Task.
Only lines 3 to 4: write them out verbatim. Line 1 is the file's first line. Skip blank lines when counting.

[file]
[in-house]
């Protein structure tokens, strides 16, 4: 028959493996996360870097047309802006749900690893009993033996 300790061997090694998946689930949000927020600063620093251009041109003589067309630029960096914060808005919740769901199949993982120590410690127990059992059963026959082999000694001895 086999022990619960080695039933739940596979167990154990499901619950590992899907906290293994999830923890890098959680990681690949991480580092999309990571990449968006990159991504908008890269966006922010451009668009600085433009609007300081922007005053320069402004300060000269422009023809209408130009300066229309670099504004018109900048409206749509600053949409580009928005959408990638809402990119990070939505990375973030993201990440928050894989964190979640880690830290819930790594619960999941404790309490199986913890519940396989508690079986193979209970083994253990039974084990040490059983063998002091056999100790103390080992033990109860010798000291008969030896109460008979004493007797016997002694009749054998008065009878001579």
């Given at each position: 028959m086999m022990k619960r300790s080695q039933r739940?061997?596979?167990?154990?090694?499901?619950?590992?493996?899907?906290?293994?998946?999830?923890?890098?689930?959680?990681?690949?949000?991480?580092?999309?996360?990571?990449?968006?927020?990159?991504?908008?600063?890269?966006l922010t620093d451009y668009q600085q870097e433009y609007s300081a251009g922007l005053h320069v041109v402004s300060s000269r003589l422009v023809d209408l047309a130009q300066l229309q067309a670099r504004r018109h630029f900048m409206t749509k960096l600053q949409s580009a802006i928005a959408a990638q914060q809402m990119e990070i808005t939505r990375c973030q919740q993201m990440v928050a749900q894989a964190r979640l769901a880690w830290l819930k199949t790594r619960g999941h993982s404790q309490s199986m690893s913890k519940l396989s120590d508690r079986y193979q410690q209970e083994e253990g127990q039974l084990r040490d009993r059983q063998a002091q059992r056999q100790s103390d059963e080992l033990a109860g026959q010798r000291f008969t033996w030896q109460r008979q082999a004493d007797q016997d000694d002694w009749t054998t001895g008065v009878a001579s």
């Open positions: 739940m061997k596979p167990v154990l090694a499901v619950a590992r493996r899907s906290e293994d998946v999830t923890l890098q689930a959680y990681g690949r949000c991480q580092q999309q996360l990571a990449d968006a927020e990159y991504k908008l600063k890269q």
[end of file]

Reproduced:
């Given at each position: 028959m086999m022990k619960r300790s080695q039933r739940?061997?596979?167990?154990?090694?499901?619950?590992?493996?899907?906290?293994?998946?999830?923890?890098?689930?959680?990681?690949?949000?991480?580092?999309?996360?990571?990449?968006?927020?990159?991504?908008?600063?890269?966006l922010t620093d451009y668009q600085q870097e433009y609007s300081a251009g922007l005053h320069v041109v402004s300060s000269r003589l422009v023809d209408l047309a130009q300066l229309q067309a670099r504004r018109h630029f900048m409206t749509k960096l600053q949409s580009a802006i928005a959408a990638q914060q809402m990119e990070i808005t939505r990375c973030q919740q993201m990440v928050a749900q894989a964190r979640l769901a880690w830290l819930k199949t790594r619960g999941h993982s404790q309490s199986m690893s913890k519940l396989s120590d508690r079986y193979q410690q209970e083994e253990g127990q039974l084990r040490d009993r059983q063998a002091q059992r056999q100790s103390d059963e080992l033990a109860g026959q010798r000291f008969t033996w030896q109460r008979q082999a004493d007797q016997d000694d002694w009749t054998t001895g008065v009878a001579s």
């Open positions: 739940m061997k596979p167990v154990l090694a499901v619950a590992r493996r899907s906290e293994d998946v999830t923890l890098q689930a959680y990681g690949r949000c991480q580092q999309q996360l990571a990449d968006a927020e990159y991504k908008l600063k890269q």